PTSD, Fireworks, and July 4th

By: This is Jane Project 
PTSD does not just affect combat veterans, former military, or law enforcement and emergency services personnel.
Post-Traumatic Stress Disorder (PTSD) survivors of all demographics report dreading the first holiday of July due to excessive stimulation and trauma responses. Some even retreat into isolation or substance abuse as a form of self-medication. These experiences also plague women and non-binary survivors of trauma.
Hell, one of the most devastating and life-changing traumas to happen to our Executive Director, Shannon, was having a Glock 45 held to her head as she exited her car on July 4th, 2018. She still jumps at the sound of loud noises and avoids July 4th celebrations entirely but reports that the below tips and tricks have helped.
4 Coping Tools for Survivors and Allies on the 4th of July
1. Reach out to neighbors and places you plan to visit and ask if they have plans to celebrate the holiday with fireworks or other explosives.
Expecting noise can help you avoid being caught off guard and allow you the time to plan alternative travels. You may wish to share your struggles with anxiety or PTSD and that fireworks can make it difficult for you. We understand that confrontation is hard for survivors so if a friend or family member can do it for you, let them!
2. Practice a 5-4-3-2-1 sensory exercise to feel centered, grounded, and calm.
  1. five things you can see
  2. four things you can hear
  3. three things you can feel
  4. two things you can smell
  5. one good thing you are grateful for or can say about yourself.
3. Accept What Is, Knowing That Eventually, It Passes
Allow yourself to accept the reactions that you have. Don’t be self-critical, embarrassed, or ashamed. Millions of people have startled and upset reactions. Remind yourself you are ok; these noises are temporary, and you are safe.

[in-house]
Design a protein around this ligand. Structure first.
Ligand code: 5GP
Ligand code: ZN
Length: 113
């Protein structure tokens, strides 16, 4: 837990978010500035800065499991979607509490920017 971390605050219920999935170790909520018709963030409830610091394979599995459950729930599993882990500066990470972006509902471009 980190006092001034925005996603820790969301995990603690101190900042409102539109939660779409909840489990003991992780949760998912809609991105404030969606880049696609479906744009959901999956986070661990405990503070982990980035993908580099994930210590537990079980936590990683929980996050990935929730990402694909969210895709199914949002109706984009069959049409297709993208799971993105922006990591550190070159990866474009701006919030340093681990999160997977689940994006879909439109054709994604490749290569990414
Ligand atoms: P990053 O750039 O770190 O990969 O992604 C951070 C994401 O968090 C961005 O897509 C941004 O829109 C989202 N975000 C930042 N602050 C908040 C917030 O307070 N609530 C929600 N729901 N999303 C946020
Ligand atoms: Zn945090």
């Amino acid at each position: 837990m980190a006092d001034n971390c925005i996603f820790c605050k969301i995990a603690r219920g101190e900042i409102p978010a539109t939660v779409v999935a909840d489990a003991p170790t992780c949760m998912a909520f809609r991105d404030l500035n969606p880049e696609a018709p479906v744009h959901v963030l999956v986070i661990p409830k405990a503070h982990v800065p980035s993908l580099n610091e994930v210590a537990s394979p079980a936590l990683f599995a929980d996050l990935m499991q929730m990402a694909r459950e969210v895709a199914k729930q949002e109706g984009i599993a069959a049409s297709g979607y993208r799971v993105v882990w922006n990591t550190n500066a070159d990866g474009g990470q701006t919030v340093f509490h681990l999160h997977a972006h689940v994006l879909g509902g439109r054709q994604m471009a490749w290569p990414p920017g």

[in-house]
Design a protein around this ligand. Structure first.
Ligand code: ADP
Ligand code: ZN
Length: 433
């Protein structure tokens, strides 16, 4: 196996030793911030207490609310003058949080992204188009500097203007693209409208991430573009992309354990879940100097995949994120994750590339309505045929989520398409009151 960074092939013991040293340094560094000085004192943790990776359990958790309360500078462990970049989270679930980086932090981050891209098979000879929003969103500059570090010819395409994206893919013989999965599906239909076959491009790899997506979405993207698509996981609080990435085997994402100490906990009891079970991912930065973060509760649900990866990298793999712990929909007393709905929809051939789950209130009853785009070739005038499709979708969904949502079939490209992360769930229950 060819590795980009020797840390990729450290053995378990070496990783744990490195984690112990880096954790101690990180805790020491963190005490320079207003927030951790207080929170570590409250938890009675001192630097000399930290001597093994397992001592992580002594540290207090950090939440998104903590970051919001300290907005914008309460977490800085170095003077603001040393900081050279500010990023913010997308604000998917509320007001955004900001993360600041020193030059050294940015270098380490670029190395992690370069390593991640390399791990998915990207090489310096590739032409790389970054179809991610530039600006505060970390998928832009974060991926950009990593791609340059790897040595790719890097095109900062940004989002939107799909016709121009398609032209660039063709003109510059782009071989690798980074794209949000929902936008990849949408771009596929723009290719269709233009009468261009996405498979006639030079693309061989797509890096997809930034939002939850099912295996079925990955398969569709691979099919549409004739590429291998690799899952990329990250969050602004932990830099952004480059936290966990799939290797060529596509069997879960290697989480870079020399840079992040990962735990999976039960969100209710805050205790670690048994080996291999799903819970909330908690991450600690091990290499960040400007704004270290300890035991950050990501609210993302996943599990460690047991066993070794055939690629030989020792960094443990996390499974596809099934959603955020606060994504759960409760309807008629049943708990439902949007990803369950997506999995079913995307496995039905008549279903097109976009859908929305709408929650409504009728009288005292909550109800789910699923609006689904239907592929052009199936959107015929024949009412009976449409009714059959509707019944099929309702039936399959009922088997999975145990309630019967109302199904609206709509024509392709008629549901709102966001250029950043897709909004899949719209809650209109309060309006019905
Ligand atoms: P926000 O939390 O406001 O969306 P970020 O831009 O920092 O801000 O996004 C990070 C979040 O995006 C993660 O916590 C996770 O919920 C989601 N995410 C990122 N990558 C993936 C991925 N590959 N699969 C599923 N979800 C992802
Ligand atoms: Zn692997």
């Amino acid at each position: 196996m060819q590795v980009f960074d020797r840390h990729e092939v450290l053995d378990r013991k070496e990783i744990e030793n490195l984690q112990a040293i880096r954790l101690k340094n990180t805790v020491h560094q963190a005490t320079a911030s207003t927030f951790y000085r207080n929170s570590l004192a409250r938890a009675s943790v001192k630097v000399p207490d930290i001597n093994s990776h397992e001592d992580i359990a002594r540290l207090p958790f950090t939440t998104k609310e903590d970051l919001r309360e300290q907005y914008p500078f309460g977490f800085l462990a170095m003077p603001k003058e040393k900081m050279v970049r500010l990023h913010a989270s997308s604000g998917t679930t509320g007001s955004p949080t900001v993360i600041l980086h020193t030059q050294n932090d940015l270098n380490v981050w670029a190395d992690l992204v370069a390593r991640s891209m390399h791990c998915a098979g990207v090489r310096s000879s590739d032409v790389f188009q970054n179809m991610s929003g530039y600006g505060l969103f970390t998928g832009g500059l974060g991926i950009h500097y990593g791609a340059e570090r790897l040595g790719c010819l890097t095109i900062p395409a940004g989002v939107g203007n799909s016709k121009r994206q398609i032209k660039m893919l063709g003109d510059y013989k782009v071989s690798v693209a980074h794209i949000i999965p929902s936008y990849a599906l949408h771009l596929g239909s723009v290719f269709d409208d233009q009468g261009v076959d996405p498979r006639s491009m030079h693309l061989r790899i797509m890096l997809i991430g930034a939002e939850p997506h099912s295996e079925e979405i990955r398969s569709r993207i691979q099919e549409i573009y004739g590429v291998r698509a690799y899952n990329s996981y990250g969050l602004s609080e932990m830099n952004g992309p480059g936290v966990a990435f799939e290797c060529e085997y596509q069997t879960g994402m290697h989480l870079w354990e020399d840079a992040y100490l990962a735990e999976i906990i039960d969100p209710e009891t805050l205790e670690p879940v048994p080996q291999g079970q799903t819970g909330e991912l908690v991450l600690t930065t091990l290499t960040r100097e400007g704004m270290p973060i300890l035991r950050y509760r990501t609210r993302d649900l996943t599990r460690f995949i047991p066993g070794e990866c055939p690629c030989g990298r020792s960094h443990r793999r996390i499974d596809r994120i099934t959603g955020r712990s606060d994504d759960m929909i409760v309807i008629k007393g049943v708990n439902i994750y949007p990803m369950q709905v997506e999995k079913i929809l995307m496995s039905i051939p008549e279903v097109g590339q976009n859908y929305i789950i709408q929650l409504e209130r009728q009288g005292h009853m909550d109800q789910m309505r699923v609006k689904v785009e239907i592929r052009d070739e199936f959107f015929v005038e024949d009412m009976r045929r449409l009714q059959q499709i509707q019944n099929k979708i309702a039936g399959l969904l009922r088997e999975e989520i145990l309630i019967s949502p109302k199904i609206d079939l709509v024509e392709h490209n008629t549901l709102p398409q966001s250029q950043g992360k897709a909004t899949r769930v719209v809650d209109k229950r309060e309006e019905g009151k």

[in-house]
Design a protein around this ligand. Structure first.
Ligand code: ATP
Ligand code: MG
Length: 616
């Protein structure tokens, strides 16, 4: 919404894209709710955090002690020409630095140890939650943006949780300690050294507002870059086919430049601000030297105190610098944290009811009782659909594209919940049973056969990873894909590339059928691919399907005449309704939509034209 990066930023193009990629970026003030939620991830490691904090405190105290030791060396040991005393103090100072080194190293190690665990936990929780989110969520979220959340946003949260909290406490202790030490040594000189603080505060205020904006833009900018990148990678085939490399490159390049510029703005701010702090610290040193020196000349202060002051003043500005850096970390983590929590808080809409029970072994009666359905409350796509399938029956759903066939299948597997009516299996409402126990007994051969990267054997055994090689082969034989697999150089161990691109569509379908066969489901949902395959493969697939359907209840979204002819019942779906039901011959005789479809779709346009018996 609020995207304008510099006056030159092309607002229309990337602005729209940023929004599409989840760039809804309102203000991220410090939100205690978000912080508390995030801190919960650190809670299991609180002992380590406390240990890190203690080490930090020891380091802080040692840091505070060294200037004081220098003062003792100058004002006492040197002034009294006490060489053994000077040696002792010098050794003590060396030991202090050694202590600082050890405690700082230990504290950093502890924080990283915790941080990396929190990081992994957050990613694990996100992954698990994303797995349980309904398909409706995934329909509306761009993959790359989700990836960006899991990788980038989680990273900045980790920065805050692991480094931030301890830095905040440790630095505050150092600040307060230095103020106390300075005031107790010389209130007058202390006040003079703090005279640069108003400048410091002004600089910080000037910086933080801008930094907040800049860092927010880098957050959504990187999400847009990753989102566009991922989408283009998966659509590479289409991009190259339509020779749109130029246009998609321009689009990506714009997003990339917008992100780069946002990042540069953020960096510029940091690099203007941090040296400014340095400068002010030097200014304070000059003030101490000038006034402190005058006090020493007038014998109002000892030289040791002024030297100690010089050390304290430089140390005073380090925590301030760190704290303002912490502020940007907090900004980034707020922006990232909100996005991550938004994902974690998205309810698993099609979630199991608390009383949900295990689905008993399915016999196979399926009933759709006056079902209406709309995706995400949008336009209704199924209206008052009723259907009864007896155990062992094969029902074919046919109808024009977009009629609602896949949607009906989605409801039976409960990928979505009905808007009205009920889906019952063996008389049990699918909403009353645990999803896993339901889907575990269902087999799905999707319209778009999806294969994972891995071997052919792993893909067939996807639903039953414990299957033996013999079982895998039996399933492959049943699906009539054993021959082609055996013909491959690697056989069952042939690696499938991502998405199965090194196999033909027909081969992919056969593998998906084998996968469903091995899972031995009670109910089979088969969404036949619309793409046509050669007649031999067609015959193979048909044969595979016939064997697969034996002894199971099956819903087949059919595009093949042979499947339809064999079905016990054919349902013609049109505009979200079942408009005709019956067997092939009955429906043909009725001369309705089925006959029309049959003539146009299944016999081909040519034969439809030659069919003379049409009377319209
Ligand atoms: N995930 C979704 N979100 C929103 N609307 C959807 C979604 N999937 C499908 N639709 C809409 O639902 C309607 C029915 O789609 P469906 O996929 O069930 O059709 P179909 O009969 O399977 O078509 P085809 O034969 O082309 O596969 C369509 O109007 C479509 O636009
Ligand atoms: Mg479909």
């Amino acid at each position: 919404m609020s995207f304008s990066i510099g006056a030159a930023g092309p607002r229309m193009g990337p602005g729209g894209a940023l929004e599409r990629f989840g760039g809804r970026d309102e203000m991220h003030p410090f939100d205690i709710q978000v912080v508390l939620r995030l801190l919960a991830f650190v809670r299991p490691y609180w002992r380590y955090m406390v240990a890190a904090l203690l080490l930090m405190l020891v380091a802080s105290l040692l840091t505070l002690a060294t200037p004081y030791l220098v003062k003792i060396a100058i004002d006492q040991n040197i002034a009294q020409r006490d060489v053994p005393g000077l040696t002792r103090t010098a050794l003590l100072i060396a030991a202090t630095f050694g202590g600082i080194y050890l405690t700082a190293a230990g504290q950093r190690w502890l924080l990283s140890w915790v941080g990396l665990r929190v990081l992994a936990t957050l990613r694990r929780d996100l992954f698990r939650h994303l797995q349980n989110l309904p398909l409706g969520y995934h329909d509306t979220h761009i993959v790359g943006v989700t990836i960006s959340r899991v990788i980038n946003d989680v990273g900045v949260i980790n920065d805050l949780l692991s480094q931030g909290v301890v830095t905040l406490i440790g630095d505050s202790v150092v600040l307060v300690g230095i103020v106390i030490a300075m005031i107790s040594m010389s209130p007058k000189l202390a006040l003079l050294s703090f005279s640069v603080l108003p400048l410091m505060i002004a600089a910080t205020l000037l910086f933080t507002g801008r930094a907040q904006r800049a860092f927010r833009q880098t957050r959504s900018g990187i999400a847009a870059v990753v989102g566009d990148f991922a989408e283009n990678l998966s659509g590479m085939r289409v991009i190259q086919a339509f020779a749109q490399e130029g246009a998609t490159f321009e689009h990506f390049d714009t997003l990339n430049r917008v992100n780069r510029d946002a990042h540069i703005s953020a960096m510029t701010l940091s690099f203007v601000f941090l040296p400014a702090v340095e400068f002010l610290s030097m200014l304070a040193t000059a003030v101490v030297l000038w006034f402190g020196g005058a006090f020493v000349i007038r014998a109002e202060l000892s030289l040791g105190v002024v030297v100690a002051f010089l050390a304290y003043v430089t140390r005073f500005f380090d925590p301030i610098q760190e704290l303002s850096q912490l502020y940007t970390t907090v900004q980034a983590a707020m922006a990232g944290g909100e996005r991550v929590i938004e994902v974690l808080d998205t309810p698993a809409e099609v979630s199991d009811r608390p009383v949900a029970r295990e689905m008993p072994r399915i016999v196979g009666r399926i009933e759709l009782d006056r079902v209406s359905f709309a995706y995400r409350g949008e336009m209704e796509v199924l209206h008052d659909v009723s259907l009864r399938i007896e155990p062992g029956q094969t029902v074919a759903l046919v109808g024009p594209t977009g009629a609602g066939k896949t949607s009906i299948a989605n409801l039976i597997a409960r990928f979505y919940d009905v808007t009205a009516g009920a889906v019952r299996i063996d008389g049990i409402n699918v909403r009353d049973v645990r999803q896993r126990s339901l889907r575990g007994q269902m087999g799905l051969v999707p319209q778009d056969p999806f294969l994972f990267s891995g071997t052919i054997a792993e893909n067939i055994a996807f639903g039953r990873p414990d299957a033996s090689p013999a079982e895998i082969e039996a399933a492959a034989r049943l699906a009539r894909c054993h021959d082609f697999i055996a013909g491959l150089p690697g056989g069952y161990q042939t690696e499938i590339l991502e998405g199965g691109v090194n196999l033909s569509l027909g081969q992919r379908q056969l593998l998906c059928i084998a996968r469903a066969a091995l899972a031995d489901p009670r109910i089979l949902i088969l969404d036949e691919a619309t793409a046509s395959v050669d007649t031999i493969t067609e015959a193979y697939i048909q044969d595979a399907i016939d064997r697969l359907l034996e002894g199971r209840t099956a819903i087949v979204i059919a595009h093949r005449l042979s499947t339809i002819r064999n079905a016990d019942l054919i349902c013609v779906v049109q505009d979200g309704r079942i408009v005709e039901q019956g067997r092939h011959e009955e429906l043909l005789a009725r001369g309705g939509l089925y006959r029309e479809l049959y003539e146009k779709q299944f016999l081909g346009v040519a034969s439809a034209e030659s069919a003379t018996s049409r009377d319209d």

4. Prepare a Self-Care Kit (That Includes Earphones)
Feel free to get creative here. Include some of your favorite, comforting items. Maybe it’s a book, a photo, a stuffed animal, but whatever you do, if you plan to or think there’s a possibility you’ll be in close contact with fireworks, BRING EARPHONES.
PTSD and Substance Abuse
We’d be remiss to not mention that having PTSD and developing a substance abuse issue go hand-in-hand if left untreated. This is especially true when the survivor isn’t supported by community members, services, and other healing initiatives offered freely to those suffering from visible, often physical illnesses.
The stigma towards those with mental health concerns continues.
Because it is a sedative, cannabis can relieve tension and anxiety in some individuals. As a result, self-medicating with cannabis is common among people with PTSD. Some with anxiety disorders say that the plant helps them to deal with problems associated with traumatic experiences, like anger and chronic stress.
Resources for Those Struggling Today, or Any Day
If you are struggling with PTSD and want confidential guidance, you can call the Substance Abuse and Mental Health Services Administration (SAMHSA) National Helpline at 1-800-662-HELP (4357), or if you experience suicidal thoughts along with your PTSD episodes, call the National Suicide Prevention Lifeline at 1-800-273-8255.
If you or someone you know identifies as a woman or non-binary trauma survivor, please have them contact email: and include “compassionate care” in the subject line.

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